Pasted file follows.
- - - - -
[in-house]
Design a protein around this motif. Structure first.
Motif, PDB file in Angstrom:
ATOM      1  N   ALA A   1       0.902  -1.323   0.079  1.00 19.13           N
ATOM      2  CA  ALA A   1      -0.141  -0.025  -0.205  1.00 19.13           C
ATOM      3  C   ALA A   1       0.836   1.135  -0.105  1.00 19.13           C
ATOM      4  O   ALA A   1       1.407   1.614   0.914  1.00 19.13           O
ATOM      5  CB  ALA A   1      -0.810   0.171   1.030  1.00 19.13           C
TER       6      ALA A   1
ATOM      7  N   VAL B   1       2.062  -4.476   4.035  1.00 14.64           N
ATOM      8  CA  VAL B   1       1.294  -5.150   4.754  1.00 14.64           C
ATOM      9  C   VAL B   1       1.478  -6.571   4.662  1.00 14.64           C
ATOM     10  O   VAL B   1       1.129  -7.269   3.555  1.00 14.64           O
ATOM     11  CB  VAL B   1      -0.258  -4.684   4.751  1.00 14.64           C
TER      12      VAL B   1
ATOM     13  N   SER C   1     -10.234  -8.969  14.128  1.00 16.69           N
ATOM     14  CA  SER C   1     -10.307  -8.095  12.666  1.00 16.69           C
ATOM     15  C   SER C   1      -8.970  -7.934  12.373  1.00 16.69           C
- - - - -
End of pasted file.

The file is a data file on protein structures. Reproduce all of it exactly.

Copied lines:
[in-house]
Design a protein around this motif. Structure first.
Motif, PDB file in Angstrom:
ATOM      1  N   ALA A   1       0.902  -1.323   0.079  1.00 19.13           N
ATOM      2  CA  ALA A   1      -0.141  -0.025  -0.205  1.00 19.13           C
ATOM      3  C   ALA A   1       0.836   1.135  -0.105  1.00 19.13           C
ATOM      4  O   ALA A   1       1.407   1.614   0.914  1.00 19.13           O
ATOM      5  CB  ALA A   1      -0.810   0.171   1.030  1.00 19.13           C
TER       6      ALA A   1
ATOM      7  N   VAL B   1       2.062  -4.476   4.035  1.00 14.64           N
ATOM      8  CA  VAL B   1       1.294  -5.150   4.754  1.00 14.64           C
ATOM      9  C   VAL B   1       1.478  -6.571   4.662  1.00 14.64           C
ATOM     10  O   VAL B   1       1.129  -7.269   3.555  1.00 14.64           O
ATOM     11  CB  VAL B   1      -0.258  -4.684   4.751  1.00 14.64           C
TER      12      VAL B   1
ATOM     13  N   SER C   1     -10.234  -8.969  14.128  1.00 16.69           N
ATOM     14  CA  SER C   1     -10.307  -8.095  12.666  1.00 16.69           C
ATOM     15  C   SER C   1      -8.970  -7.934  12.373  1.00 16.69           C